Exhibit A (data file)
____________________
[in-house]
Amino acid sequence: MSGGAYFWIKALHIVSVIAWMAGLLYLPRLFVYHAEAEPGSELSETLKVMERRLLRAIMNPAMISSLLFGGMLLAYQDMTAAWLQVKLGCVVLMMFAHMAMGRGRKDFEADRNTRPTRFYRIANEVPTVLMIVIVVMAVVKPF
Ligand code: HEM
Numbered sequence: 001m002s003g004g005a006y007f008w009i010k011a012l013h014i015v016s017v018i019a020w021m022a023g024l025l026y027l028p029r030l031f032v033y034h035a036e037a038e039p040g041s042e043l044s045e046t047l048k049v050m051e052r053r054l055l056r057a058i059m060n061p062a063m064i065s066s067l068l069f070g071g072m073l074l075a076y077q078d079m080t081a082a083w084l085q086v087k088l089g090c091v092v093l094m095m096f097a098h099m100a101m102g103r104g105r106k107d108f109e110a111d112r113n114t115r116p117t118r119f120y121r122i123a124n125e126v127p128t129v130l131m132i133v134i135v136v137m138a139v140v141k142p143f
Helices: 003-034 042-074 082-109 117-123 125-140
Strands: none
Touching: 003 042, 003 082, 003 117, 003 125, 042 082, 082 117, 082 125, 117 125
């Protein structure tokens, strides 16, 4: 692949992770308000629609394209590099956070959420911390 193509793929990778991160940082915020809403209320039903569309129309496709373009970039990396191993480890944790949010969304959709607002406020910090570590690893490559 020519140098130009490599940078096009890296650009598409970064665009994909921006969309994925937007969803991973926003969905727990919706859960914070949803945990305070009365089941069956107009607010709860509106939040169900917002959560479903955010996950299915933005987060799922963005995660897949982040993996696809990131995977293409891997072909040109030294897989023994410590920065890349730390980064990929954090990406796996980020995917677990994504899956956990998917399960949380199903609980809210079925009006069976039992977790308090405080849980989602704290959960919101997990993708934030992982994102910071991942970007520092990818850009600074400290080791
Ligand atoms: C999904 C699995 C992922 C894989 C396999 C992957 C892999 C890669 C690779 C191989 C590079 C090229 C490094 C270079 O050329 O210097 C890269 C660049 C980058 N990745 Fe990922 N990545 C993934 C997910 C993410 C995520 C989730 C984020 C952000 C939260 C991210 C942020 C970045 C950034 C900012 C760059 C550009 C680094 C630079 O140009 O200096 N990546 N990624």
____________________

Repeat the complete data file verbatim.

[in-house]
Amino acid sequence: MSGGAYFWIKALHIVSVIAWMAGLLYLPRLFVYHAEAEPGSELSETLKVMERRLLRAIMNPAMISSLLFGGMLLAYQDMTAAWLQVKLGCVVLMMFAHMAMGRGRKDFEADRNTRPTRFYRIANEVPTVLMIVIVVMAVVKPF
Ligand code: HEM
Numbered sequence: 001m002s003g004g005a006y007f008w009i010k011a012l013h014i015v016s017v018i019a020w021m022a023g024l025l026y027l028p029r030l031f032v033y034h035a036e037a038e039p040g041s042e043l044s045e046t047l048k049v050m051e052r053r054l055l056r057a058i059m060n061p062a063m064i065s066s067l068l069f070g071g072m073l074l075a076y077q078d079m080t081a082a083w084l085q086v087k088l089g090c091v092v093l094m095m096f097a098h099m100a101m102g103r104g105r106k107d108f109e110a111d112r113n114t115r116p117t118r119f120y121r122i123a124n125e126v127p128t129v130l131m132i133v134i135v136v137m138a139v140v141k142p143f
Helices: 003-034 042-074 082-109 117-123 125-140
Strands: none
Touching: 003 042, 003 082, 003 117, 003 125, 042 082, 082 117, 082 125, 117 125
């Protein structure tokens, strides 16, 4: 692949992770308000629609394209590099956070959420911390 193509793929990778991160940082915020809403209320039903569309129309496709373009970039990396191993480890944790949010969304959709607002406020910090570590690893490559 020519140098130009490599940078096009890296650009598409970064665009994909921006969309994925937007969803991973926003969905727990919706859960914070949803945990305070009365089941069956107009607010709860509106939040169900917002959560479903955010996950299915933005987060799922963005995660897949982040993996696809990131995977293409891997072909040109030294897989023994410590920065890349730390980064990929954090990406796996980020995917677990994504899956956990998917399960949380199903609980809210079925009006069976039992977790308090405080849980989602704290959960919101997990993708934030992982994102910071991942970007520092990818850009600074400290080791
Ligand atoms: C999904 C699995 C992922 C894989 C396999 C992957 C892999 C890669 C690779 C191989 C590079 C090229 C490094 C270079 O050329 O210097 C890269 C660049 C980058 N990745 Fe990922 N990545 C993934 C997910 C993410 C995520 C989730 C984020 C952000 C939260 C991210 C942020 C970045 C950034 C900012 C760059 C550009 C680094 C630079 O140009 O200096 N990546 N990624």